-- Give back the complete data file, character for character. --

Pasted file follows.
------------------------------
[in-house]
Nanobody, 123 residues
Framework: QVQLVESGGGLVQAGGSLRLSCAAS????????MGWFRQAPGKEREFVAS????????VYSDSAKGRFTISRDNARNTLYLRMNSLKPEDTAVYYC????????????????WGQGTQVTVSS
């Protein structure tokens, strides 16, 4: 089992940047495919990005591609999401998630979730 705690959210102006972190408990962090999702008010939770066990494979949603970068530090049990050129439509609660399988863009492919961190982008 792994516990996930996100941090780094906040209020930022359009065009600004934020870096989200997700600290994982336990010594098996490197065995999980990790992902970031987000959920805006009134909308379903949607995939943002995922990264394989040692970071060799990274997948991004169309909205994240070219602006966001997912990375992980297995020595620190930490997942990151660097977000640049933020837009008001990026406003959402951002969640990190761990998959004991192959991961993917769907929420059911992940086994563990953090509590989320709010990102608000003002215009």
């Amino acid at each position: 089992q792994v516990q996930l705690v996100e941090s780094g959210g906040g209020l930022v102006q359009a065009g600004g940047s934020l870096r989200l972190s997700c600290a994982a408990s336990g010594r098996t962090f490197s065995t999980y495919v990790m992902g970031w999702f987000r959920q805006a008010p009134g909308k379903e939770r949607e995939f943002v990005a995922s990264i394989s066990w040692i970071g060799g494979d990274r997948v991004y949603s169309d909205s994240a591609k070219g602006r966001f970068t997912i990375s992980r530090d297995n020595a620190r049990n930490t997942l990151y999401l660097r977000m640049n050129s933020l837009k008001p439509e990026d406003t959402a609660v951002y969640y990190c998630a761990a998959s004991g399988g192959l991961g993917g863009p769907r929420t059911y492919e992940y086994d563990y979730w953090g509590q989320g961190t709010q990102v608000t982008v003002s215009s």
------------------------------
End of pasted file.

[in-house]
Nanobody, 123 residues
Framework: QVQLVESGGGLVQAGGSLRLSCAAS????????MGWFRQAPGKEREFVAS????????VYSDSAKGRFTISRDNARNTLYLRMNSLKPEDTAVYYC????????????????WGQGTQVTVSS
């Protein structure tokens, strides 16, 4: 089992940047495919990005591609999401998630979730 705690959210102006972190408990962090999702008010939770066990494979949603970068530090049990050129439509609660399988863009492919961190982008 792994516990996930996100941090780094906040209020930022359009065009600004934020870096989200997700600290994982336990010594098996490197065995999980990790992902970031987000959920805006009134909308379903949607995939943002995922990264394989040692970071060799990274997948991004169309909205994240070219602006966001997912990375992980297995020595620190930490997942990151660097977000640049933020837009008001990026406003959402951002969640990190761990998959004991192959991961993917769907929420059911992940086994563990953090509590989320709010990102608000003002215009």
């Amino acid at each position: 089992q792994v516990q996930l705690v996100e941090s780094g959210g906040g209020l930022v102006q359009a065009g600004g940047s934020l870096r989200l972190s997700c600290a994982a408990s336990g010594r098996t962090f490197s065995t999980y495919v990790m992902g970031w999702f987000r959920q805006a008010p009134g909308k379903e939770r949607e995939f943002v990005a995922s990264i394989s066990w040692i970071g060799g494979d990274r997948v991004y949603s169309d909205s994240a591609k070219g602006r966001f970068t997912i990375s992980r530090d297995n020595a620190r049990n930490t997942l990151y999401l660097r977000m640049n050129s933020l837009k008001p439509e990026d406003t959402a609660v951002y969640y990190c998630a761990a998959s004991g399988g192959l991961g993917g863009p769907r929420t059911y492919e992940y086994d563990y979730w953090g509590q989320g961190t709010q990102v608000t982008v003002s215009s």